EU Wheat Mostly Higher

05/12/12 -- EU grains closed mostly firmer with Jan 13 London wheat unchanged at GBP225.00/tonne, May 13 up GBP1.40/tonne to GBP228.15/tonne and new crop Nov 13 GBP0.65/tonne steadier at GBP198.15/tonne. Jan 13 Paris milling wheat rose EUR2.00/tonne to close at EUR268.75/tonne.

Once more real fresh market changing news was hard to come by ahead of next week's USDA WASDE report due on Tuesday.

Russia said that it had exported 1.445 MMT of grain in November, inlcuding 866 TMT of wheat, 307 TMT of barley and 212 TMT of corn. That brings the 2012/13 marketing year-to-date total to 11.8 MMT.

StatsCanda pegged all wheat production there at 27.2 MMT this year, up 7.5% from the 25.3 MMT output of last year and slightly above the 27.1 MMT that the trade was expecting.

As various banks release their tentative forecasts for grain prices in 2013, most are forecasting a Q1 peak followed by a steady period of decline to Q4 lows. Goldman Sachs appear to be more friendly. They say that "As we turn to 2013-14, we see risks that the supply response may be limited as winter wheat crops in the northern hemisphere are off to an already-poor start."

Adding that "A further decline in global supplies in 2013 creates risks that global wheat inventories decline even further.

"Such an outcome in the face of inelastic food demand would likely push wheat prices sharply higher and well above corn prices to price wheat out of feed demand," according to a report on today.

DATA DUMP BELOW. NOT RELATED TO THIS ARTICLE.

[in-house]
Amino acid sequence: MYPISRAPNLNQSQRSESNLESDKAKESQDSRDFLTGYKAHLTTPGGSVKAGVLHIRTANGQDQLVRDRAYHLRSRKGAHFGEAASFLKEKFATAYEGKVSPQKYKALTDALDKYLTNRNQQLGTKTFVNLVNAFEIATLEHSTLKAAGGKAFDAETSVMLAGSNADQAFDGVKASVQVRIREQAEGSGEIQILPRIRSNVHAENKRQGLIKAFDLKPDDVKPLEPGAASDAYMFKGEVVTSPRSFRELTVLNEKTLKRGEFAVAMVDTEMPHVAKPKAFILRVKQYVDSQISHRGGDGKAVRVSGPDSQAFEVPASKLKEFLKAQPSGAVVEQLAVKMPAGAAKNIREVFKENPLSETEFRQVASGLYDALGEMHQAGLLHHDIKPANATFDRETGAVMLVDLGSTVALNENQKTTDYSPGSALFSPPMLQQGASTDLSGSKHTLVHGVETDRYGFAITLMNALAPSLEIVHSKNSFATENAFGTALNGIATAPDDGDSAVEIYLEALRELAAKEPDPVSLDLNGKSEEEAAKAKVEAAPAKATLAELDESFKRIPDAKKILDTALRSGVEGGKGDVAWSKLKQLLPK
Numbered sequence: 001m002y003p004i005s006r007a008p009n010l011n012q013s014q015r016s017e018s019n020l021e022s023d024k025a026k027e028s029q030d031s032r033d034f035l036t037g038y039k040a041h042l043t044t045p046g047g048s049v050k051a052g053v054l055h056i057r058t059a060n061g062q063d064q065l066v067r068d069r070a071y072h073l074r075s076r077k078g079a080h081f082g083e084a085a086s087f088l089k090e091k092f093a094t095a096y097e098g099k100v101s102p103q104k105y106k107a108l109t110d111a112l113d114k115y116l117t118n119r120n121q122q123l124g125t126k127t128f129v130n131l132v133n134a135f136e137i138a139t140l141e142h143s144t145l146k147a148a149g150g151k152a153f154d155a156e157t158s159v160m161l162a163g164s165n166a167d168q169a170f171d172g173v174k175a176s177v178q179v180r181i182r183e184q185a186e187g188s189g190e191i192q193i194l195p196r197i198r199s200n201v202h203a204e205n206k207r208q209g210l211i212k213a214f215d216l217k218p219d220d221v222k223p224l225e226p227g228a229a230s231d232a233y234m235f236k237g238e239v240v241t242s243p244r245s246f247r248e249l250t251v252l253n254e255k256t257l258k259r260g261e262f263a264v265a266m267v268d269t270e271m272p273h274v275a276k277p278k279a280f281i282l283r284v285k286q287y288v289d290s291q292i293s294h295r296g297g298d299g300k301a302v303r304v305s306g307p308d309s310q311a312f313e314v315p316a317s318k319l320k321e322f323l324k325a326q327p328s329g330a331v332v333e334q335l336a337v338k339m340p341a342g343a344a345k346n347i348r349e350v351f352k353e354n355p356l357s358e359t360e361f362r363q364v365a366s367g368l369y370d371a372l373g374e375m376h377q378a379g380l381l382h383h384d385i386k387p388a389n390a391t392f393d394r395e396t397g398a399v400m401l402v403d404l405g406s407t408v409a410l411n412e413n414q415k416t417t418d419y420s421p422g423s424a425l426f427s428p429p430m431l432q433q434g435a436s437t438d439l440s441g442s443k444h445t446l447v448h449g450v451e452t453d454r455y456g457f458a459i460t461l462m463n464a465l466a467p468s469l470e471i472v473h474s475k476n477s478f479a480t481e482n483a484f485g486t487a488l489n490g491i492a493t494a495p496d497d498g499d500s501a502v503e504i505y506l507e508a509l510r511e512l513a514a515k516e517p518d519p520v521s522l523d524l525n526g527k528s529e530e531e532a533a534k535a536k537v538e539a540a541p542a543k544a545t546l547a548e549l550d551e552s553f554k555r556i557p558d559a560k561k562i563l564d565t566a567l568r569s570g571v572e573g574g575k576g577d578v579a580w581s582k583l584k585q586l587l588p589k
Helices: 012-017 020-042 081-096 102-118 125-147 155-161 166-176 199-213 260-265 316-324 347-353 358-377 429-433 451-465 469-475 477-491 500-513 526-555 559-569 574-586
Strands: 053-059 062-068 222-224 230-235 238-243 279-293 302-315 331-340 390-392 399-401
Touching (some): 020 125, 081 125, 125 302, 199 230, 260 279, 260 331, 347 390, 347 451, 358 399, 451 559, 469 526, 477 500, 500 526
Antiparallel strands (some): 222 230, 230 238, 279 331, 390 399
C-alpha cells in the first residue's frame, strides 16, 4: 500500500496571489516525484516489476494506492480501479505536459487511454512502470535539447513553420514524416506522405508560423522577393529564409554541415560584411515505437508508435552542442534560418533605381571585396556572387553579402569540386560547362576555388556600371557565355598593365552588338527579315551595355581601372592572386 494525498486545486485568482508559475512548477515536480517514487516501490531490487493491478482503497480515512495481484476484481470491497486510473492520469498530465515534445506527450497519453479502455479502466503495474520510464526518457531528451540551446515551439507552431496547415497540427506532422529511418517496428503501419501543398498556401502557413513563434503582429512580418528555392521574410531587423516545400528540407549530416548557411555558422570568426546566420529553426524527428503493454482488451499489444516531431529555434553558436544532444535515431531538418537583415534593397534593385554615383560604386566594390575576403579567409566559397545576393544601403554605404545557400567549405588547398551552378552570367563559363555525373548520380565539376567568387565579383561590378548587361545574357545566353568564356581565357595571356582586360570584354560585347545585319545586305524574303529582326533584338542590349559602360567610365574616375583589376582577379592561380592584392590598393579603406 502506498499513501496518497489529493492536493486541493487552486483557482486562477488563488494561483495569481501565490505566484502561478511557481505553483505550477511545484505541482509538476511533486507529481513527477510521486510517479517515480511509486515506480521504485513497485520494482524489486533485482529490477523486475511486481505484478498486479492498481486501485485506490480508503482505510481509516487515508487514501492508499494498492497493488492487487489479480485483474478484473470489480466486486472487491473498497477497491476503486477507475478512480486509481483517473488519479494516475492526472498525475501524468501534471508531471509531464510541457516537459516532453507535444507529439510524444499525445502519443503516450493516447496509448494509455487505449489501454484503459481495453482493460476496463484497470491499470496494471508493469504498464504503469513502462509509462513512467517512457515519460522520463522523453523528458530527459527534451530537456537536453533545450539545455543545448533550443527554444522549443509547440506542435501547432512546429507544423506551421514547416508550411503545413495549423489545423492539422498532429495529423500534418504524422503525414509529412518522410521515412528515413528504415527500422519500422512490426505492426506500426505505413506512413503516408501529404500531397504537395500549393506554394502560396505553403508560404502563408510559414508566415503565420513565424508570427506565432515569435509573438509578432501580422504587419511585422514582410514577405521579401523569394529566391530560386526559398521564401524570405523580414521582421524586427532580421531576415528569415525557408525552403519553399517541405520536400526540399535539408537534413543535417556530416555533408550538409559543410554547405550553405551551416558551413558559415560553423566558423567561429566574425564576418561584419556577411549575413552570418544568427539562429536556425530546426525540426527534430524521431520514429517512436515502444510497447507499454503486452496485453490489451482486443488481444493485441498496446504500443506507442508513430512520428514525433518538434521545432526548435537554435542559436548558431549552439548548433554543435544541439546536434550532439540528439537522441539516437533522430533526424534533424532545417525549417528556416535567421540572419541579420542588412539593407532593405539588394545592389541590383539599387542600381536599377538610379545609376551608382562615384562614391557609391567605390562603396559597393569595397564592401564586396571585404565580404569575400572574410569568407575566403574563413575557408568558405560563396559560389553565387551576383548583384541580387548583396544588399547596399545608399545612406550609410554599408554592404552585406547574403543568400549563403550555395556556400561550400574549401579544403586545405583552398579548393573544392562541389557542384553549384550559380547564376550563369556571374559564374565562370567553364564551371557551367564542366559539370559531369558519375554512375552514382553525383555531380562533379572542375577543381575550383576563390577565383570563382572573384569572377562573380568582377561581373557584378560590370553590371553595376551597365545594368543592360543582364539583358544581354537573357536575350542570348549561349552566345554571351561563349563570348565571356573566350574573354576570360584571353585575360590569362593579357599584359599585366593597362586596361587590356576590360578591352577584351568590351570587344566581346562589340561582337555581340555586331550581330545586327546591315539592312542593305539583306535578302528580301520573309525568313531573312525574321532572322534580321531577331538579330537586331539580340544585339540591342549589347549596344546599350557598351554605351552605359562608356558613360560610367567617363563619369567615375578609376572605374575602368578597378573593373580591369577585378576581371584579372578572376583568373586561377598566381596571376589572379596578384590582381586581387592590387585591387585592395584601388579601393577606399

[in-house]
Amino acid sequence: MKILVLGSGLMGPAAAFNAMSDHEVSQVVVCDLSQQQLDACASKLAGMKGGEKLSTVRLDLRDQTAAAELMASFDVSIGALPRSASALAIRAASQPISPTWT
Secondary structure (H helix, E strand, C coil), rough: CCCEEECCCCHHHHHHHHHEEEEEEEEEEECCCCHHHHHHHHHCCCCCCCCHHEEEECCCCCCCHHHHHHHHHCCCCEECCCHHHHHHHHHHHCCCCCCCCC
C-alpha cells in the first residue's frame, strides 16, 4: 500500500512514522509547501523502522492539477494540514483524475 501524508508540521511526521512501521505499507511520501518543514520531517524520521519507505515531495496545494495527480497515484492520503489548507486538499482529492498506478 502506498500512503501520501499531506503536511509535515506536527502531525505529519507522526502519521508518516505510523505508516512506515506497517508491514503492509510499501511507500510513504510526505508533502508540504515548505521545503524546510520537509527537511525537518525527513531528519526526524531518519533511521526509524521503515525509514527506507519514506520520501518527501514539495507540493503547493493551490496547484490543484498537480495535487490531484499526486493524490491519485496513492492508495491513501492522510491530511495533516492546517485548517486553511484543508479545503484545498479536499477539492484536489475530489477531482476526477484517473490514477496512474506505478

Meanwhile there are tentative signs that US winter wheat weather conditions may be in for a modest improvement in the week ahead. "Drought affected wheat farms in the Southern Great Plains are expecting light-moderate showers on the weekend. Kansas is expecting up to 0.50 inch of moisture in scattered showers Sunday-Monday.

"Unsettled weather would develop from a trough of low pressure aloft, reversing a persistent pattern of warmth and dryness in November and October. A second short-wave disturbance may develop later next week, perhaps less intense than the first. The main point is that prospects for rainfall may improve in the largest wheat growing area of the United States.

"Kansas has accrued a 2.2 inch moisture deficit since September 1, and 4.3 inches since August. Fields are dry through a very deep layer. While one-half inch of rain/snow would be beneficial, additional moisture would be needed to lessen drought. Oklahoma conditions are even drier, the US second leading winter wheat state, explaining very dire crop conditions with 14% good, 42% fair and 55% poor-very poor November 25," say Martell Crop Projections.